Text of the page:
# Charged particle hitting electric field at angle?

1. Dec 30, 2015

### Intle

If I have an electric field between a cathode and an anode, are there electric field lines between the plates?
If yes, what happens if a charged particle enters the field at an angle? Is the force acting on the particle reduced?

2. Dec 30, 2015

### Staff: Mentor

Electric field lines are just a graphic means to visualize the electric field. So if there is an electric field, field lines can be used to illustrate it.
What do you think? What does the direction of a field line represent?

3. Dec 30, 2015

### lychette

get clear in your mind what is meant by an electric field. You have an ANODE and a CATHODE....which direction is the electric field (assuming the anode and cathode are connected to the appropriate power supply)
what does this tell you about FORCES on charged particles?

4. Dec 30, 2015

### Staff: Mentor

Reduced relative to what?
There is a general formula for the force on charged particles in an electric field. Does the motion of the particle go into that formula?

5. Dec 30, 2015

### Intle

I apologize for not being specific enough. I am asking this question because when looking at the magnetic fields and particle motion withing that field the equation, F=q*v*B*sin() can be used to take into account the particle's initial velocity vector hitting the magnetic force vector at an angle. I am wondering if there is a similar equation for electric fields since the only equation I have found so far is F=E*q which to my understanding basically just says that it does not matter if there is an initial velocity or not and/or at what angle the charged particle hits the field.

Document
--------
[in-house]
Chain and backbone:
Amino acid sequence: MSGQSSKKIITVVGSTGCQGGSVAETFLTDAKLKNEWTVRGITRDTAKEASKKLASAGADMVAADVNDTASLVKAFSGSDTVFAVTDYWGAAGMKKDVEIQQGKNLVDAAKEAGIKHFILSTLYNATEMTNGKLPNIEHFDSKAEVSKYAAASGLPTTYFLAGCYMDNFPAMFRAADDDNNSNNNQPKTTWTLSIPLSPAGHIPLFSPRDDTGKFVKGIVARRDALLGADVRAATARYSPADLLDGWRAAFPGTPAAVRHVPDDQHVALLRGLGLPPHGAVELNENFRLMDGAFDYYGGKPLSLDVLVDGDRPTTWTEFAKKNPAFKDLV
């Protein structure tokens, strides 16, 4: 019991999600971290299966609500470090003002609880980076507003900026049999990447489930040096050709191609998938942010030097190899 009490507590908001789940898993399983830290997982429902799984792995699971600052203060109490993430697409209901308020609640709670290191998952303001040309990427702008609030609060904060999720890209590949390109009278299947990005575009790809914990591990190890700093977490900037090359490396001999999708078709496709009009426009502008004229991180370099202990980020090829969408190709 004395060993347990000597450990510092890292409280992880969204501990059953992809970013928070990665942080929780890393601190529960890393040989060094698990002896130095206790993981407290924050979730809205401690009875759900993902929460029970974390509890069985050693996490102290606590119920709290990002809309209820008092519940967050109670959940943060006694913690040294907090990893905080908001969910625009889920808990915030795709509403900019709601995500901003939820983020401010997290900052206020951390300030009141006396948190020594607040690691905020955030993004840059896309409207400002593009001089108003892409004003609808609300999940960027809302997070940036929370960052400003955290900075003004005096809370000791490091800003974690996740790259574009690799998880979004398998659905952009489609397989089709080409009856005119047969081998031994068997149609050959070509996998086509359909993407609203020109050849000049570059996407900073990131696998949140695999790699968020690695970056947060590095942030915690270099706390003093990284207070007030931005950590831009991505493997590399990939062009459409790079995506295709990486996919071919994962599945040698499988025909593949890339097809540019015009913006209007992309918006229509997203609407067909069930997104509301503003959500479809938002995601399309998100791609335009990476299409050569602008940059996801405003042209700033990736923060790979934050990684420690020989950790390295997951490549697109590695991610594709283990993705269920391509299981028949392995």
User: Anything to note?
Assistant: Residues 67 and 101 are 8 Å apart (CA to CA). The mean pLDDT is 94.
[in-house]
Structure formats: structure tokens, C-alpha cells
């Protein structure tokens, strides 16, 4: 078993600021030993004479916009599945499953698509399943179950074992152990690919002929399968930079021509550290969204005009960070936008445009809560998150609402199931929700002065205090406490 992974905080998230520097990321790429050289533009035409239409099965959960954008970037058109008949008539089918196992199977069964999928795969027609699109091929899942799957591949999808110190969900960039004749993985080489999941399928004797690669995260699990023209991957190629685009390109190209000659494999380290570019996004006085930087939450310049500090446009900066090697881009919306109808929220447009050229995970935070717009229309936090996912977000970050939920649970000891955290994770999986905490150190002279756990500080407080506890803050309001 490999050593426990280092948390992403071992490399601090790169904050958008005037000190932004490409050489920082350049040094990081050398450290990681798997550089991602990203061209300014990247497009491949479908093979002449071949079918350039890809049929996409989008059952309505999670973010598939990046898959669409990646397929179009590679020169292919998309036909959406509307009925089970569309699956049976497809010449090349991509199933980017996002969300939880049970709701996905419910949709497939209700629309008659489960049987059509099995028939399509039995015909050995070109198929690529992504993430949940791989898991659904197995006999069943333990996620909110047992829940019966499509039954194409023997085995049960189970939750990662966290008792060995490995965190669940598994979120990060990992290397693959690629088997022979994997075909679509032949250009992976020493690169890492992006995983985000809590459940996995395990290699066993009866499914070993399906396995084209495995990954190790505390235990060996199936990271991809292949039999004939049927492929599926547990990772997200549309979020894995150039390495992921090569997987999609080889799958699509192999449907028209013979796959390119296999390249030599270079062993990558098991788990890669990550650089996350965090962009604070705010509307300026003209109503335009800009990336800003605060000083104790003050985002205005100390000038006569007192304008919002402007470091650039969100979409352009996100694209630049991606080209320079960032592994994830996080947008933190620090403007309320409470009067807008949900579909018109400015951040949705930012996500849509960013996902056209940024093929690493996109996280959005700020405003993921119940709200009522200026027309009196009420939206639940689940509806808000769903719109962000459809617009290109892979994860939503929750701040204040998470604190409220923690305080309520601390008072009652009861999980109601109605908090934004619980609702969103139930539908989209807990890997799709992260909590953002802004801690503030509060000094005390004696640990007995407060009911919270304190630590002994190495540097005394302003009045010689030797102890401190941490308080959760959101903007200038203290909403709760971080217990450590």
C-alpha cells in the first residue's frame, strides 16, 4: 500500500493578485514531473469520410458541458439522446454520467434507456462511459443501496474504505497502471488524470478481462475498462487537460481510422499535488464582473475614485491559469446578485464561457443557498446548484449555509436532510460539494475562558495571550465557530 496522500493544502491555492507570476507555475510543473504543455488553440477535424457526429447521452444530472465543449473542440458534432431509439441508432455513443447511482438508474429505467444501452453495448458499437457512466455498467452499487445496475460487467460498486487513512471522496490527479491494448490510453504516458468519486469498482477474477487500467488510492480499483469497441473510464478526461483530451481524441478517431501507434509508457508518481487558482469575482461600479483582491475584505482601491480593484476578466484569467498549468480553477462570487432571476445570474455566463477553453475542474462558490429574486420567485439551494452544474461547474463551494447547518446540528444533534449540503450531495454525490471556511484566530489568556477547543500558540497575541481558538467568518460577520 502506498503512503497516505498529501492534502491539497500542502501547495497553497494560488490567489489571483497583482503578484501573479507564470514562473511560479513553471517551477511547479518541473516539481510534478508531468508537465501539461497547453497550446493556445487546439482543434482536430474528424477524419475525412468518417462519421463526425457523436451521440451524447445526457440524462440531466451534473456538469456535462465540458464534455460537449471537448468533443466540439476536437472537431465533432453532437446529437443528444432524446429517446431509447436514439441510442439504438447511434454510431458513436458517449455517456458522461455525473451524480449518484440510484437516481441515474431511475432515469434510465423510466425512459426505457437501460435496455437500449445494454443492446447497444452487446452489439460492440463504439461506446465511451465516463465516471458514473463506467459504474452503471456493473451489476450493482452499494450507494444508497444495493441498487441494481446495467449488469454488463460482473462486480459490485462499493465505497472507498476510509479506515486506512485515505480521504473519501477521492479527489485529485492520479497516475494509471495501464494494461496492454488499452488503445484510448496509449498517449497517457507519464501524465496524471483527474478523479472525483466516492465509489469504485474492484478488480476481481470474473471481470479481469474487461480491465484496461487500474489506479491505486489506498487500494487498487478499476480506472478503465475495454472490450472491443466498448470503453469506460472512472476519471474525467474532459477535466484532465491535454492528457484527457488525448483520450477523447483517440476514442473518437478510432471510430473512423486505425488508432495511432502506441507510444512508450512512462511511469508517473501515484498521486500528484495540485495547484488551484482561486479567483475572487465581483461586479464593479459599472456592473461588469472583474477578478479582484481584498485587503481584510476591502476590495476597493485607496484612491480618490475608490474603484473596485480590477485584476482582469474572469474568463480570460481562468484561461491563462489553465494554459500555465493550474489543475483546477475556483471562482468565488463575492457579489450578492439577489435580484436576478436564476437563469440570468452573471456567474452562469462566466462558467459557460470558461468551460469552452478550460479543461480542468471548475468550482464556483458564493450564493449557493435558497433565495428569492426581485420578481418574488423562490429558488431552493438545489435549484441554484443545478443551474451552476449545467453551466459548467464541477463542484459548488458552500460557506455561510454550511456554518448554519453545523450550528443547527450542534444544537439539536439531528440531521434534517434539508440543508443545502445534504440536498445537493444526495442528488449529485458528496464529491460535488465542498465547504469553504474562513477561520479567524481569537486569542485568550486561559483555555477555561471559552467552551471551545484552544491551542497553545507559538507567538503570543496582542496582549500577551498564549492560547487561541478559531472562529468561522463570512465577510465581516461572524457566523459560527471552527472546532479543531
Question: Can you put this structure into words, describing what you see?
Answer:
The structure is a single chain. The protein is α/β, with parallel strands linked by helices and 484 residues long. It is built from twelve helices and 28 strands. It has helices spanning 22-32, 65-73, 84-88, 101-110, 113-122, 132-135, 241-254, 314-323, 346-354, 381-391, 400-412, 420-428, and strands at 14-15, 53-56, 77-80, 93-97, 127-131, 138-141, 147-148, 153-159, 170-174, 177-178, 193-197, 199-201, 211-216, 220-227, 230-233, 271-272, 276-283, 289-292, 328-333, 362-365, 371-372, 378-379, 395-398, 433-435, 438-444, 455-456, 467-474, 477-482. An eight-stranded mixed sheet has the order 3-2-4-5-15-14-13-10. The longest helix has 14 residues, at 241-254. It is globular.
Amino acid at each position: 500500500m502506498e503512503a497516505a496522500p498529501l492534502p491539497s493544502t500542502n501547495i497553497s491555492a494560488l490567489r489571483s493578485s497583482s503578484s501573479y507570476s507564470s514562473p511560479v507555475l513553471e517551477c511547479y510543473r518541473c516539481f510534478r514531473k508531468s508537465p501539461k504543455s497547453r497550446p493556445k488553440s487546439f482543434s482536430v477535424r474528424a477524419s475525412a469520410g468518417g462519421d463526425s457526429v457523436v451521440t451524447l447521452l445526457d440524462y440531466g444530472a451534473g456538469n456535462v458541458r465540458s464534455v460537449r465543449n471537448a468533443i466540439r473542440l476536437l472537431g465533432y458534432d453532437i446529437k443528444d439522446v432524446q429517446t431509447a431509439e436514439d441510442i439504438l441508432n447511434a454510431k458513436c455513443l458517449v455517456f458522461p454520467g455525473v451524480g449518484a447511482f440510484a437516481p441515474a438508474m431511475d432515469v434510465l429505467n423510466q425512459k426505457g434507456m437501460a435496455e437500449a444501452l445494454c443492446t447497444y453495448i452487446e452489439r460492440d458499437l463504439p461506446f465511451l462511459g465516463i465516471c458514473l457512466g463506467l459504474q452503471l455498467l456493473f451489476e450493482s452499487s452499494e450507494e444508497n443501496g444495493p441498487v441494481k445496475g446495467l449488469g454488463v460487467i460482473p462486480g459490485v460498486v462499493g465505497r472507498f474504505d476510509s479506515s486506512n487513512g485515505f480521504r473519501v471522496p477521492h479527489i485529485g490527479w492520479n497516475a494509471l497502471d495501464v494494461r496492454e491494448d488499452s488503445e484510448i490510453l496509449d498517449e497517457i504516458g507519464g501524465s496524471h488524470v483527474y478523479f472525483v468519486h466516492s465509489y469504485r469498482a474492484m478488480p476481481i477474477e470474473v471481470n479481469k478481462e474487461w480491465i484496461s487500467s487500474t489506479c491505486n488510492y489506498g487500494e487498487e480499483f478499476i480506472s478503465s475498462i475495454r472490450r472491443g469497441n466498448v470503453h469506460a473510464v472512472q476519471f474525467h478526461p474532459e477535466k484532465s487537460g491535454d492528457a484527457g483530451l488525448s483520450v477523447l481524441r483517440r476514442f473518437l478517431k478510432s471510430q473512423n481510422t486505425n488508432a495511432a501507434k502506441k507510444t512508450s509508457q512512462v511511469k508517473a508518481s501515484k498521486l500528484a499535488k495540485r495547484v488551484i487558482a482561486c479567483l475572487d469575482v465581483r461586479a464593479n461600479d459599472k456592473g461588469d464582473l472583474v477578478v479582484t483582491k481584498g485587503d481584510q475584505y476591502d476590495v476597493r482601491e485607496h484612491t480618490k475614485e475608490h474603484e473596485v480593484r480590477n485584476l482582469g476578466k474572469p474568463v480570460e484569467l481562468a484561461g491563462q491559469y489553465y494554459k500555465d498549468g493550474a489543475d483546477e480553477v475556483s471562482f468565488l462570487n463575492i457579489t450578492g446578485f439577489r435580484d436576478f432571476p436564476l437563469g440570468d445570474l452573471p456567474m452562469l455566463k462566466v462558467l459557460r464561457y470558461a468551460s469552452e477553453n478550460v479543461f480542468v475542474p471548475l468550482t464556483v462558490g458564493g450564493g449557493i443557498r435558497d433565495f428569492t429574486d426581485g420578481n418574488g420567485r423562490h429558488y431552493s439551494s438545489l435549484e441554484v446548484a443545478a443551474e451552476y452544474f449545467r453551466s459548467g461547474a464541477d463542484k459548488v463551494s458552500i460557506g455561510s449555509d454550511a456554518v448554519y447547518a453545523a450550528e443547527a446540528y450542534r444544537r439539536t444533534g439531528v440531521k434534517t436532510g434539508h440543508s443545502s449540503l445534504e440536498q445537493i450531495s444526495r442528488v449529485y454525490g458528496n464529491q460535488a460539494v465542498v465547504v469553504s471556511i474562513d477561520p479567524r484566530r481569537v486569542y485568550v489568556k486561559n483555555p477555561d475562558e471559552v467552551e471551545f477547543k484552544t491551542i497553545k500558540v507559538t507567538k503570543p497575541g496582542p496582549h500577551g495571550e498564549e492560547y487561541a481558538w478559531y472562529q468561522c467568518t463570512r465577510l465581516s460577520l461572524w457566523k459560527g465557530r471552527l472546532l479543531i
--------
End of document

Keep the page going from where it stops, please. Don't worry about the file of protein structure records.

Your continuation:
I was referring to a negatively charged electrode when I said cathode, and a positively charged electrode when I said anode. So more specifically I was thinking of a situation where the cathode is heated and electrons escape the cathode and travel towards the anode, gaining energy as they are subject to the electric force.

6. Dec 30, 2015

### Staff: Mentor

Correct, it does not matter, the force is always the same.

7. Dec 31, 2015

### Intle

So why i
So why is that different in a magnetic field?

8. Dec 31, 2015

### Staff: Mentor

Because that's the way the magnetic field works, by definition.

In general, the electromagnetic force on a charge at a specific location has a part which depends on the velocity of the charge, and a part which does not. For historical reasons, we split the electromagnetic force into two parts: the magnetic force which depends on velocity, and the electric force which does not.

9. Dec 31, 2015

### ZapperZ

Staff Emeritus
I think that you are utterly confused about the Lorentz force law.

There are TWO parts to this force law, as can be seen from the two separate terms in it:

F = qE + q v x B

Your question, i.e. a charge moving in between two plates (assuming uniform electric field), involves NO external magnetic field. So here, only

F = qE

is relevant. This problem is no different than, say, a projectile motion in a uniform gravity (i.e. first year intro physics).

Is this clear?

Zz.

10. Dec 31, 2015